Mr. WebTV gives games thin-client treatment

Crysis on your netbook

GDC 09 An intriguing new game service called OnLive may bring obsolescence to the gaming console question: "But will it run Crysis?"

OnLive, which is expected to launch later this year, was unveiled yesterday at the Game Developers Conference in San Francisco. The technology is basically thin-client computing for video games, allowing bleeding-edge games to be played on any Mac or PC regardless of how powerful it is.

The service streams games directly to PCs through a 1MB software client or a "microconsole" for television sets. Video and audio processing during gameplay is all done by remote servers. The user essentially watches a compressed video of the game he's playing far, far away. The theory here is that you'd be able to play Crysis even on a budget notebook.

The company claims it can compensate for lag and packet loss though a combination of patented video compression and algorithmagic. According to OnLive, the service can beam video resolutions of 720p up to 60 frames per second. The catch is it requires considerable bandwidth to do so. Standard definition gameplay (480p) requires a broadband connection of at least 1.5mb/s. Getting an HDTV signal (720p) requires a connection of at least 5mb/s.

If OnLive can do what it says (on today's broadband infrastructure), it stands a good chance of shaking up the worlds of PC and console gaming. Pricing hasn't yet been announced, but the microconsole which includes Bluetooth, optical audio-out, and HDMI connections is expected to cost less than a $250 Wii. And while OnLive plans to combine a monthly subscription fee with other per-game business models, being able to play the latest PC games on high settings without spending $5,000 on hardware makes the service pretty tempting.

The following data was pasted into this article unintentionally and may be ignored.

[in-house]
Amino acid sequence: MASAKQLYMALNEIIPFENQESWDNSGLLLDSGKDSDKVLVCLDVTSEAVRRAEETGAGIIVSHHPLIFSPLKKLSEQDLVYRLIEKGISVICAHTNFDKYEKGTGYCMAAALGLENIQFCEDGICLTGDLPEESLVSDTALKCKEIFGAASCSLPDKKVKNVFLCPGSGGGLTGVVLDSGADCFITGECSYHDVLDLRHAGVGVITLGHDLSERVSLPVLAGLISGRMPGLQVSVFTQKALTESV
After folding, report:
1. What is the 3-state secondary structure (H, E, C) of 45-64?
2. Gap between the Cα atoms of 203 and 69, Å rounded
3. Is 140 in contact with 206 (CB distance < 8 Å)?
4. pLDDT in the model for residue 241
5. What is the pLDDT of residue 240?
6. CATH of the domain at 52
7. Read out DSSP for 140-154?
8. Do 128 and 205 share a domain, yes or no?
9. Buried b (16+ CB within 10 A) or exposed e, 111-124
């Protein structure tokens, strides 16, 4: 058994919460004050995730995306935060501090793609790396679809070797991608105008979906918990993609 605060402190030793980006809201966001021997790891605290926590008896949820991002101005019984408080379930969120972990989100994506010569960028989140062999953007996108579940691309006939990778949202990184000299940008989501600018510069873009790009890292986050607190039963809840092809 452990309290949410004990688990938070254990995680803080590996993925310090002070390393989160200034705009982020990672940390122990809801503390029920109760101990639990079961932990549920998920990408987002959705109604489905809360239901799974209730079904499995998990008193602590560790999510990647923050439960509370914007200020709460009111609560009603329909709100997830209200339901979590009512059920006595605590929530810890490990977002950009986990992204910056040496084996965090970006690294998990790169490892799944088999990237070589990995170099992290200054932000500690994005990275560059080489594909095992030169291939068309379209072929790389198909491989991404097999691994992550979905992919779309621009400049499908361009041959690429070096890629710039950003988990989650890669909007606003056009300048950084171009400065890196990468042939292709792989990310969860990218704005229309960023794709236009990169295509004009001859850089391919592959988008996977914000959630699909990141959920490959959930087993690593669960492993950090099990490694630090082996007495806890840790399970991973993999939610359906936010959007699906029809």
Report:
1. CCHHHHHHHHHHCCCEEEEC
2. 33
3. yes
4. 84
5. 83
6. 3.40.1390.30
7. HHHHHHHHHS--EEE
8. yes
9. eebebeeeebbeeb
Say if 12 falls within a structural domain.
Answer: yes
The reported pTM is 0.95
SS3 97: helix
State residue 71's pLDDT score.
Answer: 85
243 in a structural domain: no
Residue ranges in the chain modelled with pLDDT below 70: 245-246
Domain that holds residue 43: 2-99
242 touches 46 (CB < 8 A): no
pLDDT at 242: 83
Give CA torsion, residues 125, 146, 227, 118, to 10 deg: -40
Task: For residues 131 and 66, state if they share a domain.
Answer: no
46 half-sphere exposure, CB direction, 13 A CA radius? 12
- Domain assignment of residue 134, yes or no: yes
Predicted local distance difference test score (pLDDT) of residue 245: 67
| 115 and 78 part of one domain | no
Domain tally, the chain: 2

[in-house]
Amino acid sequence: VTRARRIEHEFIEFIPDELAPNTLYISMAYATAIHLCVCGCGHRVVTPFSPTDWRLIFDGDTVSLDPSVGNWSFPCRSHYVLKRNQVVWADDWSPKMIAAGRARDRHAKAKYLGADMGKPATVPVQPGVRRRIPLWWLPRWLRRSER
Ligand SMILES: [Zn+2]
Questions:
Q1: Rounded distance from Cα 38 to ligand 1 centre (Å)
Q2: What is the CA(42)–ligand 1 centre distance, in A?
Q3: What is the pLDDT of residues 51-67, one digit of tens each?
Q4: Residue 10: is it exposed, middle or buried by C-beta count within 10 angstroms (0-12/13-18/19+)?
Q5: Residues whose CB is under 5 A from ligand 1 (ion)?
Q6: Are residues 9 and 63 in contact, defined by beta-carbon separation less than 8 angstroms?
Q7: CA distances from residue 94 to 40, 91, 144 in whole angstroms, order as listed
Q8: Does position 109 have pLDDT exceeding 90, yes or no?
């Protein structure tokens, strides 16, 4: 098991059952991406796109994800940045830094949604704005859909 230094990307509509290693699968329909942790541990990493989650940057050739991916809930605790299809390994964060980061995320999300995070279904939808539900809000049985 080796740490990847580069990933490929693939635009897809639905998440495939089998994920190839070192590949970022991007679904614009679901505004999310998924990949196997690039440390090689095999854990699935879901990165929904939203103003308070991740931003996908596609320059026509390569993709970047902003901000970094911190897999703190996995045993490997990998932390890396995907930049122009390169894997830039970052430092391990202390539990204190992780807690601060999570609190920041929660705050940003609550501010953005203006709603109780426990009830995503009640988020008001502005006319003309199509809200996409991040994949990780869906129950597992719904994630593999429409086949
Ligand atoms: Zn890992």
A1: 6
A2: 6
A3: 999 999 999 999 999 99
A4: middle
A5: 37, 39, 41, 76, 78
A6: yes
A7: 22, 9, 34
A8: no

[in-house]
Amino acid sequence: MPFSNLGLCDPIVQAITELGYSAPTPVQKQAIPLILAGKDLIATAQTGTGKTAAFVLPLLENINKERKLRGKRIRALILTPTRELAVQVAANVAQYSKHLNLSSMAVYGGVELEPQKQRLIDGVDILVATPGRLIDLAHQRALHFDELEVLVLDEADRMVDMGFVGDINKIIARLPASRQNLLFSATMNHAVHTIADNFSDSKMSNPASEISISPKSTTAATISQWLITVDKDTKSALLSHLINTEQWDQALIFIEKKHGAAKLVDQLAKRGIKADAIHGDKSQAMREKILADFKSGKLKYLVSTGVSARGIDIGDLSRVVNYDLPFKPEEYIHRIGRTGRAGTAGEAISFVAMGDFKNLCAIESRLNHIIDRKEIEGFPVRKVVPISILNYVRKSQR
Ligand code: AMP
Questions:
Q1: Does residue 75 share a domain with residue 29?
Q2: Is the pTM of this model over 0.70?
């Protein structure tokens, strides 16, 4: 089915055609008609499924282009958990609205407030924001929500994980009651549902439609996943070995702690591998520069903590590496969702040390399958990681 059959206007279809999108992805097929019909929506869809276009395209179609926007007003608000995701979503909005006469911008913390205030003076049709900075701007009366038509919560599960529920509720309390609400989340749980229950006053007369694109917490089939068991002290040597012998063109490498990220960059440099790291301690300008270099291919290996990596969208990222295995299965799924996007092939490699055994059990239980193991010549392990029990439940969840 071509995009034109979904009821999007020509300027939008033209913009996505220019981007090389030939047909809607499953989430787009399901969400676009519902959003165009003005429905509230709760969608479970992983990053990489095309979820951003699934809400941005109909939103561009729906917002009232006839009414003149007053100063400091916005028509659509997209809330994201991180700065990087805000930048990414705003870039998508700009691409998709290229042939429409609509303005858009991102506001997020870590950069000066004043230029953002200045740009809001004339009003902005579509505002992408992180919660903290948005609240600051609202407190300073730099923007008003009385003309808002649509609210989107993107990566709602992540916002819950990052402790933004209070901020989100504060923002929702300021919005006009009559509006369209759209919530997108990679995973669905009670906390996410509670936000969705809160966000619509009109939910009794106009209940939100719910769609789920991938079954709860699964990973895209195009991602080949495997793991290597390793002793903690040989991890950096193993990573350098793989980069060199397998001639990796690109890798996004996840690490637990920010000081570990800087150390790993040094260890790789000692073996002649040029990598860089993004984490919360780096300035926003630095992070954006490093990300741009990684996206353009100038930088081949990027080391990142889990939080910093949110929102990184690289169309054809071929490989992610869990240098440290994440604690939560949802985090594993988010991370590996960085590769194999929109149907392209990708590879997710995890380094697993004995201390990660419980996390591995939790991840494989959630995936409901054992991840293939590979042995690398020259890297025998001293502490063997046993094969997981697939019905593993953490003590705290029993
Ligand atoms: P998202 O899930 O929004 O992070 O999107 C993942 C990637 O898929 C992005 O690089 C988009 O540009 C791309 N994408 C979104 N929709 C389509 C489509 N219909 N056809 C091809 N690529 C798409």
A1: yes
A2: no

OnLive was founded by Steve Perlman, the man who invented WebTV, and Mike McGarvey, a high-standing exec at Eidos — so it's extremely unlikely to be a fly-by-night operation like the infamous, half-baked Phantom. And obviously, the amount of capital required for server hardware, dedicated video encoding hardware, and strategic data center locations must be immense.

The operation already has inked content deals from major publishers including EA, Ubisoft, THQ, Atari, Epic Games, and Take-Two. They're no doubt pleased as punch with the idea because it separates you, the customer/theft suspect, from any potential piracy. A similar scheme is being hatched by a Qualcomm-backed game company called Zeebo, which announced yesterday it's launching a locked-down, digital-distribution box for developing countries where software piracy is rampant.

Online is showing 16 of the games currently planned for the service this week at GDC. Most accounts are extremely positive, but bear in mind, the impressions come from a controlled environment. The real test will be how it can perform in dorm rooms, residential areas, and places around the US where broadband connections aren't so hot — which, by the way, is nearly everywhere. ®

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